Cricket Australia, on Friday, announced a change in the schedule for Rebel Big Bash League 2020, by shifting all the matches to Sydney. The city of Sydney will now play host to all the 59 matches, starting from the weekend of October 25. This decision was taken to comply with the travel and bio-restrictions owing to the COVID-19 pandemic.
— Female Cricket (@imfemalecricket) September 4, 2020
This new list of fixtures saw quite a few changes from the initial schedule released in July. The tournament was slated to start a week earlier on 17th October, with only a 3-week period where all matches are played in different stadiums across Sydney. The initial schedule also had a weekend slotted for games taking place at the same time across 6 state capitals of Australia, but the plan had to be scrapped to stay in line with Government regulations to control the pandemic.
Some of the stadiums across Sydney that could host the matches are North Sydney Oval, Hurstville Oval, and Blacktown International Sports Park. In addition to this, more venues, fixture dates along with information on the bio-secure hub and attendance details, will be announced by Cricket Australia in the coming days.
Despite the initial schedule in July, the players’ had a feeling that the tournament will be restricted to a single hub, having watched other sporting events conducted in the same fashion. “Now there’s that little bit of clarity around what the season is going to look like, everyone is able to prepare for that,” Jess Jonassen, captain of the Brisbane Heat, said in an interview to cricket.com.au.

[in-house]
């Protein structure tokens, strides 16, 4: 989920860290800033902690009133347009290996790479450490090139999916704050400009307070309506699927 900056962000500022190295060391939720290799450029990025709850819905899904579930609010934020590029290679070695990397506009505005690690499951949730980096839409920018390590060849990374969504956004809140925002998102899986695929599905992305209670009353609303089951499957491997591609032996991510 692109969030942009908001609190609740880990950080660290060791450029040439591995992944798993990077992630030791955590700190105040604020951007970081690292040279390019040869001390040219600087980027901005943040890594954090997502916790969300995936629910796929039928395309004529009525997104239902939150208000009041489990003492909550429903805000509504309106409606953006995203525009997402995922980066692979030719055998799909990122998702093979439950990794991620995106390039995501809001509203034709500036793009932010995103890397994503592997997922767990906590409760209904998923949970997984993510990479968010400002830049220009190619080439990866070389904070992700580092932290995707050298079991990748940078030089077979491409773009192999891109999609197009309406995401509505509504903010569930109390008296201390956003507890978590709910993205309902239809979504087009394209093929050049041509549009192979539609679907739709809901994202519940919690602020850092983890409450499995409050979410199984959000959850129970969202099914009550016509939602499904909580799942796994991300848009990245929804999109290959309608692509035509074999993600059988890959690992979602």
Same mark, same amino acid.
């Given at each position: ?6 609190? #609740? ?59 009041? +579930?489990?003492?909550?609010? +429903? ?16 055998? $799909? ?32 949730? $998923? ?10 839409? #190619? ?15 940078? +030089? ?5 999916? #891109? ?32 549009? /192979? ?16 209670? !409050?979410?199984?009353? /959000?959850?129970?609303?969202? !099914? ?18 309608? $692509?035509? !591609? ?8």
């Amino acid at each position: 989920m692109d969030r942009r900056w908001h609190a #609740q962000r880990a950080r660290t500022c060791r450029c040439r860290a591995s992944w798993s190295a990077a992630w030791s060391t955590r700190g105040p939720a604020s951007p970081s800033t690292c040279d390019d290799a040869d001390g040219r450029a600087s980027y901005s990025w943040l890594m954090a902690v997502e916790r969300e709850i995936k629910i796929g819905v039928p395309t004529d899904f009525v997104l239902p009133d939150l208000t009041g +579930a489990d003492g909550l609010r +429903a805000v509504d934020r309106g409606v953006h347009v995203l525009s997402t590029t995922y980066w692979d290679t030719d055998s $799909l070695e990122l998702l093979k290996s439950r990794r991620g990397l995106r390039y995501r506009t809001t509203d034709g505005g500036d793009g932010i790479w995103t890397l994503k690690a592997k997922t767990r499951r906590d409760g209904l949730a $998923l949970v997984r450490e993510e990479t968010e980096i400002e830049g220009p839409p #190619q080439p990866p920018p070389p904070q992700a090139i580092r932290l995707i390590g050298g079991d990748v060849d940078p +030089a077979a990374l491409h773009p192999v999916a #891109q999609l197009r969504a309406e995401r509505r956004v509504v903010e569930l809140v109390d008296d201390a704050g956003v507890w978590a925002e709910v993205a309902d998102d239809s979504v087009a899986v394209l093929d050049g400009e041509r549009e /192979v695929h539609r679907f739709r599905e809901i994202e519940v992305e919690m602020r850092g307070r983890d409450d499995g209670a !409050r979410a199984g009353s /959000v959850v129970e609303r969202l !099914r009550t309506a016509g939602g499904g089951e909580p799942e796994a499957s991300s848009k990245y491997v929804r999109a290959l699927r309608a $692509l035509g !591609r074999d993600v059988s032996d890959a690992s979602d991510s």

Speaking on the return of women’s cricket in Australia and the challenges facing them, Jess said, “I think everyone is just really excited to get out on the field and start playing some cricket again. The fact that it has to be in a hub and in Sydney, it’s not too big a deal for a lot of us. Particularly for us Australian players, it feels like another tour.”
Jess’ team, Brisbane Heat, played just 3 games in the WBBL at their home stadium, and are used to playing in foreign conditions. The Australian all-rounder said that cricket players will deal better with pandemic procedures than footballers, since they are used to being away on long tours, but admits 5 weeks could be a stretch. “I think that’s going to be really key and really important for our squad, (to) manage to keep people fresh when cricket seems to be the one and only focus for that period. There’s obviously going to be a lot of challenges along the way, it’s not going to be easy, but everyone is looking forward to it,” she said.
In addition to this, this season’s WBBL will see at least 7 high school students, who will have to attend online classes, along with their matches. One such high schooler, Hayley Silver-Holmes of the Sydney Sixers, said, “I’d be going back to online learning, which we already had during the school lockdown earlier this year. It’s different, but once you’re used to it it’s all right.”
Travel and safety arrangements will also be announced for the current 17 and potentially more overseas players to make the trip safe and sound. WBBL will take place after the Aussies face off against their neighbors, New Zealand, in an ODI and T20I series scheduled from 26th September-7th October. This will make these arrangements easier for the 7 Kiwi’s registered to play in the Rebel BBL.
Here’s hoping for an exciting and safe WBBL 2020!
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